Often it is difficult for us to visualize Jesus as King, because we are pretty much clueless as to what life is like under a king? All we know about kings and kingdoms come from Netflix mini-series or old British movies. But the Scriptures clearly state that Jesus is King. And it also makes it abundantly clear that Jesus, our King, has a kingdom. But what does that mean? How do we begin to understand the King of Kings and His coming Kingdom?
So ask yourself, what do we know about earthly kings and their kingdoms? What is true about them? Because if what we know about human kings is true, it would be reasonable to assume the same is also true about Jesus and His Kingdom.
Consider the following.
A king must have a kingdom.
Jesus answered, “My kingdom is not of this world. If My kingdom were of this world, My servants would fight, so that I should not be delivered to the Jews; but now My kingdom is not from here.” Pilate therefore said to Him, “Are You a king then?” Jesus answered, “You say rightly that I am a king. For this cause I was born, and for this cause I have come into the world, that I should bear witness to the truth. Everyone who is of the truth hears My voice” – John 18:36-38.
And within his kingdom, a king sovereignly rules.
Which He worked in Christ when He raised Him from the dead and seated Him at His right hand in the heavenly places, (to what extent) far above all principality and power and might and dominion, and every name that is named, not only in this age but also (where) in that which is to come – Ephesians 1:20-21.
As sovereign king, he has absolute power over life and death, over justice and punishment, over blessings and rewards, over wealth and poverty, over sickness and health, over order or chaos, over everything in his kingdom.
I say then: Walk in the Spirit, and you shall not fulfill the lust of the flesh. For the flesh lusts against the Spirit, and the Spirit against the flesh; and these are contrary to one another, (which means) so that you do not do the things that you wish – Galatians 5:16-17.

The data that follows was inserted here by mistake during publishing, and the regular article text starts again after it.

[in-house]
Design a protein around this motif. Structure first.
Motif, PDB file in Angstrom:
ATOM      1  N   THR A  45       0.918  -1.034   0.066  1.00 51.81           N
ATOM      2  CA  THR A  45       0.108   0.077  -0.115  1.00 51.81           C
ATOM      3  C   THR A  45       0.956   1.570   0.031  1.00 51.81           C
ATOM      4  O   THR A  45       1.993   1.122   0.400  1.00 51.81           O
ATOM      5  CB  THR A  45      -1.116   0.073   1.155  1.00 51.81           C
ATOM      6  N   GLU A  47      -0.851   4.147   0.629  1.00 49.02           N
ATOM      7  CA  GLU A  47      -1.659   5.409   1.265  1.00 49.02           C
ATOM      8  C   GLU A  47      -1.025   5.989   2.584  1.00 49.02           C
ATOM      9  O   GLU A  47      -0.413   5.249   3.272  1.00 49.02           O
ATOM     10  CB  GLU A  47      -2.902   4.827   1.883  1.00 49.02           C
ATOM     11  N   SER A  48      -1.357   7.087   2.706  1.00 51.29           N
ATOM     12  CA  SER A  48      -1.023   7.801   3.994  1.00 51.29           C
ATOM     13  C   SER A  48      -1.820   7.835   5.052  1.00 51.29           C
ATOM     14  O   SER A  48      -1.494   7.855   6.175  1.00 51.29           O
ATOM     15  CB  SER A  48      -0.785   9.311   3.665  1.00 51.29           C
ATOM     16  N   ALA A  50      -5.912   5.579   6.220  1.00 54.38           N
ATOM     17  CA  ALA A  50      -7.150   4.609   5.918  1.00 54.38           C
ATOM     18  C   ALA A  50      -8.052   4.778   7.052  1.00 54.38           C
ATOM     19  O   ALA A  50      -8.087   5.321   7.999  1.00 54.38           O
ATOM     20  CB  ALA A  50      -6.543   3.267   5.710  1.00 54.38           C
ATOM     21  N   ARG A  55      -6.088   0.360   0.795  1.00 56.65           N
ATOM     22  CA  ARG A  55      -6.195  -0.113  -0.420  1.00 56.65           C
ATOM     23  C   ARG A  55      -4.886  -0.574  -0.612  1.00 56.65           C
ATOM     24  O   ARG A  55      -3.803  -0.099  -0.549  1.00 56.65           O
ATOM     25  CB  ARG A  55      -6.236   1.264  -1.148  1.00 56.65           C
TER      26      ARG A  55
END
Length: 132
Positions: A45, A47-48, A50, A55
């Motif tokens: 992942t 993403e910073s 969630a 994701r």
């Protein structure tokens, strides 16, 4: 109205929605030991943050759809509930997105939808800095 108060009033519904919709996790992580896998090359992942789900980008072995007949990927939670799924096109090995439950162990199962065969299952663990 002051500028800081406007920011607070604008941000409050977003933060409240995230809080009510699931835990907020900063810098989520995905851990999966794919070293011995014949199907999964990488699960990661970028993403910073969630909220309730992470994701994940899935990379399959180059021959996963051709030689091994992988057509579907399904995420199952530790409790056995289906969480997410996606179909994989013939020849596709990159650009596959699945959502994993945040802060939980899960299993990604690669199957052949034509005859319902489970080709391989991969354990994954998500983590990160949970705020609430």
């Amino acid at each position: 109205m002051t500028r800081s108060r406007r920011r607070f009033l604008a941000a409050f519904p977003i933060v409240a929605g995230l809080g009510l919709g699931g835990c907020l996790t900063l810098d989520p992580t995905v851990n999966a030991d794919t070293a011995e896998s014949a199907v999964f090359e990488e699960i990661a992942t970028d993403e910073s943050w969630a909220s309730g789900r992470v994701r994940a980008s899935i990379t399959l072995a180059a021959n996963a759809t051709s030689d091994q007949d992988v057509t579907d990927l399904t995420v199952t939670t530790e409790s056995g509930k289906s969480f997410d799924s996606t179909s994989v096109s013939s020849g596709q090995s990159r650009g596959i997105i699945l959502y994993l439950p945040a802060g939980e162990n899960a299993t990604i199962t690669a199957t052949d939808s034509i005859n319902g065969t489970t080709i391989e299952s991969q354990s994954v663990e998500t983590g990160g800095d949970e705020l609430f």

This means that any freedom the king grants to his subjects is granted to them by the merciful grace of the king.
But there is so much more. It gets even better.
If Jesus is king, then these are some of the most important lessons we can learn about living under a king as subjects to his kingdom.
• In life, the best thing to do is please the king.
• And that includes honor, respect, adulation, sacrifice, commitment, loyalty, faithfulness, and obedience.
• Citizens of the kingdom support the king, and the kingdom first.
• And as a result, the king and his kingdom protect them from evil and harm both from within, and without, the kingdom.
This brings us to the crux of this message. Consider carefully how you would answer this question.
If you were called to give an account of your faithfulness to the King, how would your life line up with the following three verses?
“No one can serve two masters; (why) for either he will hate the one and love the other, or else he will be loyal to the one and despise the other. You cannot serve God and mammon (wealth, the personification of riches, earnings, gains, materialism)” – Matthew 6:24.
Do not love (agapáō) the world (kósmos) or the things in the world. If (since, because) anyone loves (agapáō) the world (kósmos), the love (agápē) of the Father is not in him – 1 John 2:15.
Adulterers and adulteresses! Do you not know (eídō) that friendship (philía) with the world (kósmos) is enmity (hatred, hostility, war) with God. Whoever therefore wants to be a friend (phílos) of the world (kósmos) makes himself an enemy of God – James 4:4.
And if you really want to dig a bit deeper into the meaning of these verses, spend a little time online looking up a few of the Greek words. Believe me, it helps.
The following message is about what it means to serve a King (Jesus) and live in His Kingdom.